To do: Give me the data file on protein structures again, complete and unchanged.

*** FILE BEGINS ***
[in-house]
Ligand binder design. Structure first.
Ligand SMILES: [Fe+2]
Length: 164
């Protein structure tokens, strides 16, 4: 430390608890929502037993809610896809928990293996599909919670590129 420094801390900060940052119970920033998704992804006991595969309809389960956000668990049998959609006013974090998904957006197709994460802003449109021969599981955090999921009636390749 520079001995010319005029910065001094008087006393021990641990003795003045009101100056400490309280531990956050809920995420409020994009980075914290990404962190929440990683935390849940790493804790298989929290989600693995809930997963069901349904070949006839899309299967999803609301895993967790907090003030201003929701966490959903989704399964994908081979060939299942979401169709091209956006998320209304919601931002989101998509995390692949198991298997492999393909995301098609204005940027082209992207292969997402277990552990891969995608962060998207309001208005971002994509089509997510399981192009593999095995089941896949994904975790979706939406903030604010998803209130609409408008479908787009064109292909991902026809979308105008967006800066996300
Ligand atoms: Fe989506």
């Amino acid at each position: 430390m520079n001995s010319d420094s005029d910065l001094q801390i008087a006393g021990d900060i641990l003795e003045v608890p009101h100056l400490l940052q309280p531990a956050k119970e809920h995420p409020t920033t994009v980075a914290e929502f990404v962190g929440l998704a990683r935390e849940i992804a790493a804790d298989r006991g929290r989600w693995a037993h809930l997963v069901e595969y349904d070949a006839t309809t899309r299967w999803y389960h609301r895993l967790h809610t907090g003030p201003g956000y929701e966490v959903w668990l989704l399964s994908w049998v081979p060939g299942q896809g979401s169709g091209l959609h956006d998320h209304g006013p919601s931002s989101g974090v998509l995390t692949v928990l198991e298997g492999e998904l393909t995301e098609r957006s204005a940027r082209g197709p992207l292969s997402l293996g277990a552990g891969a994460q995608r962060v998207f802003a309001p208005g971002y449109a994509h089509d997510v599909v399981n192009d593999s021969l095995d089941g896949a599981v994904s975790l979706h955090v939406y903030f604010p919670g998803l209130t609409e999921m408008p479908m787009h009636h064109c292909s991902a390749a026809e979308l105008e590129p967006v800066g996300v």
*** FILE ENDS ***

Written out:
[in-house]
Ligand binder design. Structure first.
Ligand SMILES: [Fe+2]
Length: 164
């Protein structure tokens, strides 16, 4: 430390608890929502037993809610896809928990293996599909919670590129 420094801390900060940052119970920033998704992804006991595969309809389960956000668990049998959609006013974090998904957006197709994460802003449109021969599981955090999921009636390749 520079001995010319005029910065001094008087006393021990641990003795003045009101100056400490309280531990956050809920995420409020994009980075914290990404962190929440990683935390849940790493804790298989929290989600693995809930997963069901349904070949006839899309299967999803609301895993967790907090003030201003929701966490959903989704399964994908081979060939299942979401169709091209956006998320209304919601931002989101998509995390692949198991298997492999393909995301098609204005940027082209992207292969997402277990552990891969995608962060998207309001208005971002994509089509997510399981192009593999095995089941896949994904975790979706939406903030604010998803209130609409408008479908787009064109292909991902026809979308105008967006800066996300
Ligand atoms: Fe989506």
């Amino acid at each position: 430390m520079n001995s010319d420094s005029d910065l001094q801390i008087a006393g021990d900060i641990l003795e003045v608890p009101h100056l400490l940052q309280p531990a956050k119970e809920h995420p409020t920033t994009v980075a914290e929502f990404v962190g929440l998704a990683r935390e849940i992804a790493a804790d298989r006991g929290r989600w693995a037993h809930l997963v069901e595969y349904d070949a006839t309809t899309r299967w999803y389960h609301r895993l967790h809610t907090g003030p201003g956000y929701e966490v959903w668990l989704l399964s994908w049998v081979p060939g299942q896809g979401s169709g091209l959609h956006d998320h209304g006013p919601s931002s989101g974090v998509l995390t692949v928990l198991e298997g492999e998904l393909t995301e098609r957006s204005a940027r082209g197709p992207l292969s997402l293996g277990a552990g891969a994460q995608r962060v998207f802003a309001p208005g971002y449109a994509h089509d997510v599909v399981n192009d593999s021969l095995d089941g896949a599981v994904s975790l979706h955090v939406y903030f604010p919670g998803l209130t609409e999921m408008p479908m787009h009636h064109c292909s991902a390749a026809e979308l105008e590129p967006v800066g996300v």